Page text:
Let’s get one thing straight right from the start, I do not like exercise and I’m not naturally sporty. In fact, I’ve often said that, if I could sit on my a*se for the rest of my life and take a tablet to be fit, I would do that instead of exercise - I’ve just never had that ‘exercise-high’ some people talk about.
As the natural fitness of youth has dwindled I've added the minimum exercise to my routine that I can get away with; 15 minutes of yoga every day to stay flexible and 25 minutes of walking most days to maintain cardiovascular fitness and weight. This is not to say I’m lazy; I’ve created and maintained a 3-acre garden during two periods of my life and worked like a Trojan in them but, jumping about for the sake of it does not appeal to me. However, there does come a point, in the absence of a 3-acre garden, when intentional exercise is necessary if you care about good quality of life and want to avoid groaning as you get up from the sofa. That’s why I started yoga and walking but, I knew weight exercise was an important addition for the triad of fitness; flexibility, cardiovascular health, and strength.
Of course, knowing you should and taking action are not always closely related. The first obstacle I had to overcome was accepting I could not maintain my figure through diet and light exercise alone. A couple of older friends were making alarming comments about their physical experience of being older that reminded me...prevention is better than cure. Fortuitously, a FB ad’ for a local gym came my way so, I decided to visit and peruse the premises.
Another thing about me is, I like things to be aesthetic so, when I visited the place and it was nicely decorated with a big glass wall overlooking trees outside, it compared well to the warehouse style gyms. The friendly, down-to-earth owner, Mark, showed me around, maintaining the good first impression but, what tipped the balance for me was the infrared saunas. My vanity kicked-in because infrared is good for the skin by stimulating circulation (and the immune system). Apparently, it’s also good for muscle recovery but, all I could hear at that point was “pretty skin”! Where do I sign?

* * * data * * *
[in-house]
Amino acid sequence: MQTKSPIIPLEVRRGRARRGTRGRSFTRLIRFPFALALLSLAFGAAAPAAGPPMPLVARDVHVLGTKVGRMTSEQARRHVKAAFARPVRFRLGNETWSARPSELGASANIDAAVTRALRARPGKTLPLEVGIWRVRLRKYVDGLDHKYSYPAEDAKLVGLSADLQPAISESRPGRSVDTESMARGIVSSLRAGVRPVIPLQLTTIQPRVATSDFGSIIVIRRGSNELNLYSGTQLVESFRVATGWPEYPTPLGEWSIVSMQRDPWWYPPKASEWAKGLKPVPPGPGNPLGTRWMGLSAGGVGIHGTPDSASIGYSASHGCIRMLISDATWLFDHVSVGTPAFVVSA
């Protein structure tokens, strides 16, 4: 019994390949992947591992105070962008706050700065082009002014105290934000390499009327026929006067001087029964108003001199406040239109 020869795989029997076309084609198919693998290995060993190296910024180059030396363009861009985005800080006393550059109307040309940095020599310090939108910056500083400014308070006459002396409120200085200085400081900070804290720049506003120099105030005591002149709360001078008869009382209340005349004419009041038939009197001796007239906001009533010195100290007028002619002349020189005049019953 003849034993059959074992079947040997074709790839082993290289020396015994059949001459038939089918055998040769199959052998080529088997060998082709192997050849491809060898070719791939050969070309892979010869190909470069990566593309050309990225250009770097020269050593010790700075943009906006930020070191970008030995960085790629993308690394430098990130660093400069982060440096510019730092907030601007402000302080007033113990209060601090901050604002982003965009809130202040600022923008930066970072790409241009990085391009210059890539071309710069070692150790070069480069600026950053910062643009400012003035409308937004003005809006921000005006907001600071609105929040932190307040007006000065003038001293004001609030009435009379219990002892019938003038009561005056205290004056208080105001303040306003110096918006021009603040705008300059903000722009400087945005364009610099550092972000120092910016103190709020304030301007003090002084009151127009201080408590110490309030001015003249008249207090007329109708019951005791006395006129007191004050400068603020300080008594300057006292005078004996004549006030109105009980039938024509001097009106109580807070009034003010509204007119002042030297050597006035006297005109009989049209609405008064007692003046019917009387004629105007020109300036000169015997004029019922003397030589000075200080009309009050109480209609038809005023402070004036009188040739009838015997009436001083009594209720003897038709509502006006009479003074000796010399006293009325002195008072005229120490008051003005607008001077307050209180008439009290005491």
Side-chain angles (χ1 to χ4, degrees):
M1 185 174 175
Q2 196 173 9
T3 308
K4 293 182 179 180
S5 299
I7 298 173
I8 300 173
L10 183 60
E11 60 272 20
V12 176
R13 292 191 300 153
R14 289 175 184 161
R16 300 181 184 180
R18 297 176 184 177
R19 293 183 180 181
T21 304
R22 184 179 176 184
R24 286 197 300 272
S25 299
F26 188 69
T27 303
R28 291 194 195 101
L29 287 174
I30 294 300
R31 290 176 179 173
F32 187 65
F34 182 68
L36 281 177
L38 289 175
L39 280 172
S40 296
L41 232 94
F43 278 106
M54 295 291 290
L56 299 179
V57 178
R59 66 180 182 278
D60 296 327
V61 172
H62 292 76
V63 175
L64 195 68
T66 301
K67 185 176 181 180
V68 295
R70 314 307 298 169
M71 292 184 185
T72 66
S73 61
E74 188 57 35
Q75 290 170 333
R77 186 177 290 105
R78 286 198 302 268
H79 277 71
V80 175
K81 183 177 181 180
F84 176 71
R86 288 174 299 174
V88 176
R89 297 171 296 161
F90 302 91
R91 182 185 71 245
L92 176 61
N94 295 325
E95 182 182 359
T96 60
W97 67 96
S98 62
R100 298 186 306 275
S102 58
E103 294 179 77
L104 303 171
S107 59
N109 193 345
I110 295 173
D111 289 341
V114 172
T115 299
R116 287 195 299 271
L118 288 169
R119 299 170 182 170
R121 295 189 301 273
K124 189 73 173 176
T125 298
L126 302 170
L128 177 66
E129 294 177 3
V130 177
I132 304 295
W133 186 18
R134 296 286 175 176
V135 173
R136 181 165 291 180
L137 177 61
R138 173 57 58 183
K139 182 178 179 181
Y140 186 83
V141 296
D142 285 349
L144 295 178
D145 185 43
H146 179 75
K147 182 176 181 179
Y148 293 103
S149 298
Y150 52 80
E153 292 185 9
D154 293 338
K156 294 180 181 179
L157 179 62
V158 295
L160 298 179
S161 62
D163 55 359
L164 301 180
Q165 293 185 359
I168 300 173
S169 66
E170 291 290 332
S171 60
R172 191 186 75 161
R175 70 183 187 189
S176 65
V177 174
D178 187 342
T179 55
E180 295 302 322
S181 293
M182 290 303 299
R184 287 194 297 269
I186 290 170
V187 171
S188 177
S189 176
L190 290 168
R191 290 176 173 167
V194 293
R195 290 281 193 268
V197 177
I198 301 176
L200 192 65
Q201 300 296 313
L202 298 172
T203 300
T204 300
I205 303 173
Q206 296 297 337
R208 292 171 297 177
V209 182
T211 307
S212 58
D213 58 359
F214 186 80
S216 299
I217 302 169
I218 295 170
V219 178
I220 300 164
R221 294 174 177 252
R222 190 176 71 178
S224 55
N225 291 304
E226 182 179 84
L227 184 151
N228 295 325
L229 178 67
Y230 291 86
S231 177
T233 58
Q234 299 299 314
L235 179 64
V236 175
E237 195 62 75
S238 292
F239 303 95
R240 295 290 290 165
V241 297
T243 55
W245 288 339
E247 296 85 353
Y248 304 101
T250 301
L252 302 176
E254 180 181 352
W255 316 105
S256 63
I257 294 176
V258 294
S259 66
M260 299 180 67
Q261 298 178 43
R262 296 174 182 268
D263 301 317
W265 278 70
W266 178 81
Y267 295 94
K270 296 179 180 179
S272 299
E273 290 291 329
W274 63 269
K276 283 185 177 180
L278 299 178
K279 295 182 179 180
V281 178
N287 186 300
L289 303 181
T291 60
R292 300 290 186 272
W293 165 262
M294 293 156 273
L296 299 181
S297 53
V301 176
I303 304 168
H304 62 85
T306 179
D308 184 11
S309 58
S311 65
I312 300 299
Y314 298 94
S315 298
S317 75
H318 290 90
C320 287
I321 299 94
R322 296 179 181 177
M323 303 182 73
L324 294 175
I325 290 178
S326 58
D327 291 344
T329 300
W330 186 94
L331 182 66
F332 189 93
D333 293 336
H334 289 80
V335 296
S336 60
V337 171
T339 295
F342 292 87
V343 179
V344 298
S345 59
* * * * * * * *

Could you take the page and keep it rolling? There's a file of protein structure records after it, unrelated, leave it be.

First day with the ol’ exercise gear on was a real challenge. Anything new feels a bit awkward and every machine I was introduced to was an engineering puzzle to grapple with - literally! How can we send people to the moon but gym machines still require experience erecting scaffolding to understand? The next obstacle was embarrassment; fancy starting-out lifting the first little, tiny slab of weight on every machine when there was a multitude of plates stacked beneath...perfectly demonstrating to anyone who might notice that you are pathetically weak compared to the full range of weights available. I overcame this by deciding I was very courageous to start-out right on the bottom rung in such a public setting and it was quite funny really.
The Indicators of Weakness Became Measures of Success!
The obstacle that I hadn’t anticipated was the issue of being lady-like. I grew up in England and learned to be ‘nicely composed’...that’s the best way I can encapsulate it. This means a fairly dignified public presence; not swinging your leg over a bench, not sticking your butt in the air, or huffing-and-puffing and sweating. Some of this might be acceptable in a rural setting like strolling through a woodland or traversing a stream in your tweed and boots but, certainly not an indoor setting in stretchy clothes...with others! As I was directed to use the various bits of machinery it was quite a challenge to overcome the inner prescription to be lady-like in manner. But, determined to get to the infrared-sauna-beauty-treatment stage, I pushed through. Literally!